People You Should Know…

        Dr. Abraham Nemeth, Ph.D.

Dr. Abraham Nemeth, Ph.D.

24111 Civic Center Dr.

Apt. 409

Southfield, MI 48034

(248) 356-5353

anemeth@ece.eng.wayne.edu

Dr. Abraham Nemeth was the recipient of the Exemplary Advocate Award, which was presented at the CEC Convention in Kansas City. Although he flew in to Kansas City immediately before the award ceremony, and flew from Kansas City to New Mexico the following morning, he graciously made time to share his thoughts and wisdom with the members of DVI. Those of us who were honored to meet him will always remember his firm handshake and his sense of humor.

Please explain what you do.

          I am presently revising the Nemeth Code for Mathematics and Science Notation. I am calling it the Universal Braille System (UBS) and I want it to compete with the Unified English Braille Code (UEBC). I am also brailling a Hebrew prayer book consisting of thousands of print pages that has Hebrew and English on facing pages. Worshippers would be able to take only one braille volume to the synagogue, suited to the occasion. I spend time keeping up with my e-mail correspondence and answering braille-related questions from the ZYLX (As You Like It) braille list.

Why did you choose the career that you did?

          Even as a child, I was interested in math. I was a peer tutor in Jr. High School for a student who was studying algebra. In college, my counselors said that I couldn’t do it… study math and become a math teacher. I started to devise the Nemeth Code to show them that I could learn higher level math, and eventually teach it.

What 2 or 3 accomplishments have given you the most satisfaction?

Getting a job teaching math, earning my Ph.D., and creating a talking scientific calculator that a blind person can use are the achievements that I value the most.

What is the most important lesson you have learned from your work?

          The most important lesson I have learned from my work is that people don’t judge you by how hard you try, but by what you accomplish. I have also learned lessons from my study of the Talmud… that “we are not required to complete the work, but neither are we free to desist from doing it.”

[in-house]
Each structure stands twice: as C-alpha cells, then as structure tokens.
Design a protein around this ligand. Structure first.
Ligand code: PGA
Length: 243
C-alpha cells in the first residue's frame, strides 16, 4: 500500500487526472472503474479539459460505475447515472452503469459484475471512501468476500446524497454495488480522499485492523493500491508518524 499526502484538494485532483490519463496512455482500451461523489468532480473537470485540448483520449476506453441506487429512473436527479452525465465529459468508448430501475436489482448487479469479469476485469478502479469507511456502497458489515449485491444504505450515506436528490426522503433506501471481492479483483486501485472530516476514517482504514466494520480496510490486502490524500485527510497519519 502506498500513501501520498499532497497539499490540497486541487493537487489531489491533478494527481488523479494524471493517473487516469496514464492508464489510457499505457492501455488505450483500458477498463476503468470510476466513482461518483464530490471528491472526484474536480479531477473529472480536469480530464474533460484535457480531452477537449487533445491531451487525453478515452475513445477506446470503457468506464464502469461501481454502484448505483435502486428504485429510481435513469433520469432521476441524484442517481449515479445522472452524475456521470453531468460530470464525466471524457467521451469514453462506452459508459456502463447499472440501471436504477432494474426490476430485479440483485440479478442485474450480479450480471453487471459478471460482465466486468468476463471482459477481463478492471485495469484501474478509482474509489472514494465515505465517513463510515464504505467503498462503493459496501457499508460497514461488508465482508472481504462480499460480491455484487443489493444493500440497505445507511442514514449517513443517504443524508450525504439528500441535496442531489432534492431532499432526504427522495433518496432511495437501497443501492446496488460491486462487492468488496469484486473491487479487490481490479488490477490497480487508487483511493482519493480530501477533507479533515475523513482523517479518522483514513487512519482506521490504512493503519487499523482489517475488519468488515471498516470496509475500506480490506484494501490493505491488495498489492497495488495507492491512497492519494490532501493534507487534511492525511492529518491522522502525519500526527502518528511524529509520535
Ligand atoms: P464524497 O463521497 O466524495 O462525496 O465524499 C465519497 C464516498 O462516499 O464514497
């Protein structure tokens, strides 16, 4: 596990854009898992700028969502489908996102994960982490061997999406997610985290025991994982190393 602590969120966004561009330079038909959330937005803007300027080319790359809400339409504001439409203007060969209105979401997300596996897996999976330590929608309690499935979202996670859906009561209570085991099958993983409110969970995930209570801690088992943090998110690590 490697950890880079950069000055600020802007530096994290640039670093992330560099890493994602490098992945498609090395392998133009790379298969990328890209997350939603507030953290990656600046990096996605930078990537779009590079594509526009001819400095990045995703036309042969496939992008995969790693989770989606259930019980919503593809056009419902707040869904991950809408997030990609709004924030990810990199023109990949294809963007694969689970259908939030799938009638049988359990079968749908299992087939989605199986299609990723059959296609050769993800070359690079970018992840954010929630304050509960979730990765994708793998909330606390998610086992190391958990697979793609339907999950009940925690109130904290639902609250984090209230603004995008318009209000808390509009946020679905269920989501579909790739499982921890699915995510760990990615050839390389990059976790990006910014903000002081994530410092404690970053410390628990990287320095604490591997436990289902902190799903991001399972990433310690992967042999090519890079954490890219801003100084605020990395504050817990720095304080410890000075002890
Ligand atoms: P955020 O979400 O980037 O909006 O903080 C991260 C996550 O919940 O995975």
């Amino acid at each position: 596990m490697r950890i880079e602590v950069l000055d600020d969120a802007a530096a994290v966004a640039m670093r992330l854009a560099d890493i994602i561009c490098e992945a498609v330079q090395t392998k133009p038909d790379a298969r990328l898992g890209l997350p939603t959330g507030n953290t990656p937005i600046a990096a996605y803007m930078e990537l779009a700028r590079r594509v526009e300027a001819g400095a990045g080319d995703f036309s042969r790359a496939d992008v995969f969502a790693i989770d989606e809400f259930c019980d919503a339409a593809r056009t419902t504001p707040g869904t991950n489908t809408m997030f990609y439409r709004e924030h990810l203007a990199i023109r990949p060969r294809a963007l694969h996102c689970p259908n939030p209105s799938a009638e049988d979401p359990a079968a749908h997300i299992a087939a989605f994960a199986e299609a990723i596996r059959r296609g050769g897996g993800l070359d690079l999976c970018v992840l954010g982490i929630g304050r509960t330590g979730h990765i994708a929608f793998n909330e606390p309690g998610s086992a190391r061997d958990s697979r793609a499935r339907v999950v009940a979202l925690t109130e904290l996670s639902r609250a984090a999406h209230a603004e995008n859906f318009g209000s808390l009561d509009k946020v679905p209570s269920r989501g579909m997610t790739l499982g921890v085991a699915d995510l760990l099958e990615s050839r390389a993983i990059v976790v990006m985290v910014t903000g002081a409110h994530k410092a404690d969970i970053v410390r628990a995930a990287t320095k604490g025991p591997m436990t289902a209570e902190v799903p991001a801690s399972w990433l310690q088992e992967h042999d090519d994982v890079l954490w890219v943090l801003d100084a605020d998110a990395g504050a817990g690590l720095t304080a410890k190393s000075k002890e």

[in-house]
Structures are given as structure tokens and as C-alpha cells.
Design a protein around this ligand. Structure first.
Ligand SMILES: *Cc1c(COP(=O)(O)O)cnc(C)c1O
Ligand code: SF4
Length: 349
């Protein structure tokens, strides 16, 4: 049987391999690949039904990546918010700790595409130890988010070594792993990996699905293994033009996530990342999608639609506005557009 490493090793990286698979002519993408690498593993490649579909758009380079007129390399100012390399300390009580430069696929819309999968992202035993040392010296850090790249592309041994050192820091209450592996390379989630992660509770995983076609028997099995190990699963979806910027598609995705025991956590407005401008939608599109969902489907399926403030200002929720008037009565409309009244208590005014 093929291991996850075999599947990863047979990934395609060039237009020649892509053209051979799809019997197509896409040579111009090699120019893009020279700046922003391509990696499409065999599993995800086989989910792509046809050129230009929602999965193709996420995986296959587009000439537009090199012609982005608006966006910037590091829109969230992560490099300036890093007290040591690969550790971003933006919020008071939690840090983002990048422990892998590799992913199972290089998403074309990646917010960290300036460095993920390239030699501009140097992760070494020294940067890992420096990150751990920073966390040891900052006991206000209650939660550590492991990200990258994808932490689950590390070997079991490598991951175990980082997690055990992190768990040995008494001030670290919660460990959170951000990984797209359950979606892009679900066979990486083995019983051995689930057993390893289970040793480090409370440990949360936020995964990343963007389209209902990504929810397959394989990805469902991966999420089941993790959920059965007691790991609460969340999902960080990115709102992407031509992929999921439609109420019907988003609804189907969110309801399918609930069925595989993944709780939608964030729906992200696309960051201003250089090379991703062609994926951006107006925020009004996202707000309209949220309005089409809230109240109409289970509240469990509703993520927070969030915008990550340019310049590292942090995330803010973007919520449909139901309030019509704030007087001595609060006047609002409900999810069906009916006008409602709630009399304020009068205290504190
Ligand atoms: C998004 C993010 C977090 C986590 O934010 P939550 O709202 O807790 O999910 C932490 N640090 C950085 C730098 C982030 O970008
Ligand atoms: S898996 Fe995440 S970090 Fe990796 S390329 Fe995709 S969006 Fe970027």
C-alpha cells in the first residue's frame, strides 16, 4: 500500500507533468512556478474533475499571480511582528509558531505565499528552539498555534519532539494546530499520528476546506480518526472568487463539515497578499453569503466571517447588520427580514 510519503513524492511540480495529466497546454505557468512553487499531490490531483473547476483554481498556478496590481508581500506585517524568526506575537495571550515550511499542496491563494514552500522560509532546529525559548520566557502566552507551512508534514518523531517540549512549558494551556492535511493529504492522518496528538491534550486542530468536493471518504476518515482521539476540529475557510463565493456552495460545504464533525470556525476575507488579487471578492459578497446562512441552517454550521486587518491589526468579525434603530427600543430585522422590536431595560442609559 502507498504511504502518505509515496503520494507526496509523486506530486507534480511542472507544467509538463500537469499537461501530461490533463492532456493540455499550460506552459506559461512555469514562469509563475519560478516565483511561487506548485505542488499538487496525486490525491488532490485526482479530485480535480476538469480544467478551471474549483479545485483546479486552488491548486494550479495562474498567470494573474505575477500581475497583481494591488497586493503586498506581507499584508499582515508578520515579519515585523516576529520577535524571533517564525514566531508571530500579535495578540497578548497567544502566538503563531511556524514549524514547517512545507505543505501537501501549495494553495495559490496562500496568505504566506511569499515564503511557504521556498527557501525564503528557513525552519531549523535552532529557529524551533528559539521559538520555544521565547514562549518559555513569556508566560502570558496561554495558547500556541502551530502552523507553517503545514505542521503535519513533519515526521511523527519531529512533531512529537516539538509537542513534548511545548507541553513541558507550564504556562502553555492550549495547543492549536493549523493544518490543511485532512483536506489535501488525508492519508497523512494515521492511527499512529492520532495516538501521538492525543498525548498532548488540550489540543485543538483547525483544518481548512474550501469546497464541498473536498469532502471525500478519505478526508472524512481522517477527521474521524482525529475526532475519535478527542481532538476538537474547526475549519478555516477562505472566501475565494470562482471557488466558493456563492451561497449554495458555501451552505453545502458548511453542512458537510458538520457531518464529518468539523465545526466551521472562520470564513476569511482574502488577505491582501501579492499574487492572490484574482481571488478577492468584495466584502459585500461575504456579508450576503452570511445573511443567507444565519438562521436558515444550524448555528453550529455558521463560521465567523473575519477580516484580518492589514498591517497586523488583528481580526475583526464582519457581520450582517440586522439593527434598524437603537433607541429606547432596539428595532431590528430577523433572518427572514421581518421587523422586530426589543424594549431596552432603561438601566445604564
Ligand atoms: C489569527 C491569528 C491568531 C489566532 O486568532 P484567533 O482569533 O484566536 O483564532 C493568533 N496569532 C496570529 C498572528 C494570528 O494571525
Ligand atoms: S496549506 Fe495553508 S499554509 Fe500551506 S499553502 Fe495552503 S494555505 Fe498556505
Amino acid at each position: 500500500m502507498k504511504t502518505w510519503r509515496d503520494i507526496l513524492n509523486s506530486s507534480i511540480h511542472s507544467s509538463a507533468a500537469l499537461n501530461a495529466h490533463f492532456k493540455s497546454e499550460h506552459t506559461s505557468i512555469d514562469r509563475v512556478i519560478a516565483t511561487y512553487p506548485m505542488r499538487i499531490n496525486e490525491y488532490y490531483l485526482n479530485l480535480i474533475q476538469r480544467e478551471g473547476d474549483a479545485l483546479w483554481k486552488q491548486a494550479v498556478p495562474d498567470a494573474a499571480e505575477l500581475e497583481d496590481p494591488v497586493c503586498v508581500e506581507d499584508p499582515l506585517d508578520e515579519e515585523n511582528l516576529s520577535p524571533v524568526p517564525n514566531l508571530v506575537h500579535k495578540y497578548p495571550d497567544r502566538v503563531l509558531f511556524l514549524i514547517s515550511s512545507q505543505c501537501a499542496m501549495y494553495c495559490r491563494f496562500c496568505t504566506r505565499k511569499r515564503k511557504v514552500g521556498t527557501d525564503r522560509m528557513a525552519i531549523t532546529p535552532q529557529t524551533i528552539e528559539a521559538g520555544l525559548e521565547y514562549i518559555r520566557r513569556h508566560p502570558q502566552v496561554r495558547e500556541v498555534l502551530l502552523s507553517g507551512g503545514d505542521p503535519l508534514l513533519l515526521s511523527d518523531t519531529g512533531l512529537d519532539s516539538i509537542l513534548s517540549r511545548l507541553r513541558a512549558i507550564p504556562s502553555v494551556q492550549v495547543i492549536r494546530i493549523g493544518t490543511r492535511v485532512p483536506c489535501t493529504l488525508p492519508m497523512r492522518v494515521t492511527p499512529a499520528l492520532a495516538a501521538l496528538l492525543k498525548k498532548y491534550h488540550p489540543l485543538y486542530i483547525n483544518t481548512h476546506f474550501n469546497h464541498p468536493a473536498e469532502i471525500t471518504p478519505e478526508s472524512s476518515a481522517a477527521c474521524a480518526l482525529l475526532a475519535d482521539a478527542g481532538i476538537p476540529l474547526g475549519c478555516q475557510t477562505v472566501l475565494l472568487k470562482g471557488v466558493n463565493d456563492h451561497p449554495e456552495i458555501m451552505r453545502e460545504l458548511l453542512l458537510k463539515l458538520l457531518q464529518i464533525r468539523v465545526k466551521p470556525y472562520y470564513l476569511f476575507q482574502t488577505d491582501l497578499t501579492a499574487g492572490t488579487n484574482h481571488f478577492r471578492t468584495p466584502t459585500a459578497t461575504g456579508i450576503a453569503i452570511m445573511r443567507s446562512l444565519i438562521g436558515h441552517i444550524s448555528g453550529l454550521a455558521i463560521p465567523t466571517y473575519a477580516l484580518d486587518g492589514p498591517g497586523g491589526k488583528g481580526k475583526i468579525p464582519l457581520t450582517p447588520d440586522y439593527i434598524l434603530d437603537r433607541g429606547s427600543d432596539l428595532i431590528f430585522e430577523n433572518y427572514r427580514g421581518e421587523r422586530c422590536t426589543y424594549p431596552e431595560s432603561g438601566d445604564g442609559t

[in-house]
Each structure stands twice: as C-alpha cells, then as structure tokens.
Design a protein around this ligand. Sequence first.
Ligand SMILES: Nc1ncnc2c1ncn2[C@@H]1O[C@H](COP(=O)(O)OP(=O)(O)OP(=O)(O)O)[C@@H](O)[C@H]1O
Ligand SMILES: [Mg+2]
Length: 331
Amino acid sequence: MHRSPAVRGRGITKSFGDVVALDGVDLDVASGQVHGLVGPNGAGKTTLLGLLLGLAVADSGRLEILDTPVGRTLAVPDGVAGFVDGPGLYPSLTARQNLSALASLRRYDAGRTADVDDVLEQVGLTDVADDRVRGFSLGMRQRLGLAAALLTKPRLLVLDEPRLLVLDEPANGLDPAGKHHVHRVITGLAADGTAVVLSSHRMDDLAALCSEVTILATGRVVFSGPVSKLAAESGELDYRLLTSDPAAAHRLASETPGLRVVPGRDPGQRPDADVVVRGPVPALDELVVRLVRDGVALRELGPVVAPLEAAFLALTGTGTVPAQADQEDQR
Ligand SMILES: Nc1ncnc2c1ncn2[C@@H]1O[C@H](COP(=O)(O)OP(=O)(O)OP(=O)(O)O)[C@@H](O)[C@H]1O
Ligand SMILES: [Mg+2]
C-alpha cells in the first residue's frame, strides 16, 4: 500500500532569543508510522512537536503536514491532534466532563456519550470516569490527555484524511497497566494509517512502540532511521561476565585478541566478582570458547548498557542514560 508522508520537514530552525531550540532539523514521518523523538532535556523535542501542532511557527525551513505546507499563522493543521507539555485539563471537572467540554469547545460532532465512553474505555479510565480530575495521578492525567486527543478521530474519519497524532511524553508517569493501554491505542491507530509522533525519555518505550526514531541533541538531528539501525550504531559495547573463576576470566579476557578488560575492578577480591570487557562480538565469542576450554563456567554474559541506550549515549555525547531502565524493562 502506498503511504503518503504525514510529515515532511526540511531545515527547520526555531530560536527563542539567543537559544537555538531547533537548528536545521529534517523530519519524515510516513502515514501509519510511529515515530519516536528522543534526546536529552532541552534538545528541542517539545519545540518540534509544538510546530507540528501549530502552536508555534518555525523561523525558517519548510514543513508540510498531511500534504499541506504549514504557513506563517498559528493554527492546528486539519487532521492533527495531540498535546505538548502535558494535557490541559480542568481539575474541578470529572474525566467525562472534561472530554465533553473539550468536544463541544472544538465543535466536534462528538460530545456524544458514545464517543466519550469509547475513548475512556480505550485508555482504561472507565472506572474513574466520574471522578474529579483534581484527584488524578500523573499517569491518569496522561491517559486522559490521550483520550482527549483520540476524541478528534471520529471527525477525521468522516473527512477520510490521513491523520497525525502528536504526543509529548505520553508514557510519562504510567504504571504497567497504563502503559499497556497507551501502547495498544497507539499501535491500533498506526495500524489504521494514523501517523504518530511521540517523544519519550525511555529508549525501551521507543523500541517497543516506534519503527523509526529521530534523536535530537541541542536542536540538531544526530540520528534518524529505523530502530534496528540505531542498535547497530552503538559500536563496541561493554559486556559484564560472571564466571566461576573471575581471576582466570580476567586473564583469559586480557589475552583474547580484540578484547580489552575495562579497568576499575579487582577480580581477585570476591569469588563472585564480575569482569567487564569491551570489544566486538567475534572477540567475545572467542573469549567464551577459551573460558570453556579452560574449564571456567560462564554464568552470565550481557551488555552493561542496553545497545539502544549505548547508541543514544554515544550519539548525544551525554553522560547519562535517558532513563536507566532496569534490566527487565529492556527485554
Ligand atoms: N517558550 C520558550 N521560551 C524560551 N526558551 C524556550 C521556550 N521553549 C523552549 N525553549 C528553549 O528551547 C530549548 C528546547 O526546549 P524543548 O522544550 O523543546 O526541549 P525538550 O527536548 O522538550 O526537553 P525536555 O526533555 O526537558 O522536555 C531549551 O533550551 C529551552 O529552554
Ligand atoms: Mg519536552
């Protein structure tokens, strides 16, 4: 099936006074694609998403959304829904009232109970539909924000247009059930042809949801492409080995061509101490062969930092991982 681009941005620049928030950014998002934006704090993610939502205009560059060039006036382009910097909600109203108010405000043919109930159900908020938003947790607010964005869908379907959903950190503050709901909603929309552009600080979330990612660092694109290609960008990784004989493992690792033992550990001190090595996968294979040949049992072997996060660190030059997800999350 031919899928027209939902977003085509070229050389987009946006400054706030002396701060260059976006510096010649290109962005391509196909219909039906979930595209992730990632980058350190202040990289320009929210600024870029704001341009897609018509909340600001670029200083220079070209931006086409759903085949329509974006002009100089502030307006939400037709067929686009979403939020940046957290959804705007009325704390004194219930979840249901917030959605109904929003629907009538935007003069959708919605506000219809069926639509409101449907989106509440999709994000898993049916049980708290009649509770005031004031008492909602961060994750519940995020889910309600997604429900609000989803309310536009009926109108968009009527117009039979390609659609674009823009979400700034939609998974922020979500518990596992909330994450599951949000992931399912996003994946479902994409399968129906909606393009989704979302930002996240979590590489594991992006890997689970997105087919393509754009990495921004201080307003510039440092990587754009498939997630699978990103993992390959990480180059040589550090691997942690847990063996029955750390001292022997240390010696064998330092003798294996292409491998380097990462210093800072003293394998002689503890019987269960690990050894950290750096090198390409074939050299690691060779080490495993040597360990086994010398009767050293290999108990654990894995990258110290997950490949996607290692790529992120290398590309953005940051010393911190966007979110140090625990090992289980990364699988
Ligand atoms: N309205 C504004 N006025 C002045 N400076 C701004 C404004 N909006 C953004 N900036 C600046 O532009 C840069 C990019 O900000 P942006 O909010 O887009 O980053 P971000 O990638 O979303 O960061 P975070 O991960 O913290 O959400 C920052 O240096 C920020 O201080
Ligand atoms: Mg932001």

What do you think it takes to be successful in our field?

          The most important thing is to expect from a blind child what you expect from a sighted child. Don’t lower your standards because the child is blind. Expect the child to live up to his/her potential.

How would a friend, colleague or professor describe you?

          “Is this time to be modest or time to tell the truth?”… People often describe me as being brilliant. I’ve been told I have a warm heart, a sense of humor, and that I love to talk with people about my life’s passions… my work. However, people do not get to know my true personality if they only study the work I have created in the Nemeth Code.

What are your interests outside of work?

          I enjoy playing classical and popular music on the piano. I’m self-taught, and a pretty good piano player. Did you know that I wrote a braille musical dictionary for the APH?

What is your favorite book? What are you reading now?

          My favorite book is Green Mansions by Hudson. Now I prefer to read magazines such as PC World, Kiplinger’s Personal Finance and Science News.

If you could do so, how would you plan your career differently?

          I wouldn’t! I’m very happy with what I’ve been doing with my life.

What words of wisdom would you like to share with the members of DVI?

          It is better to light a candle than to curse the darkness” and

“nothing is evenly distributed in this world” are two of my favorite quotes.

What challenges do you see before us?

          We need to improve braille. We need to make it more coherent and reduce the inconsistencies and conflicts within the codes.

Anything else you’d like to add?

          More intensive teacher training is crucial to the successful education of children who are blind.

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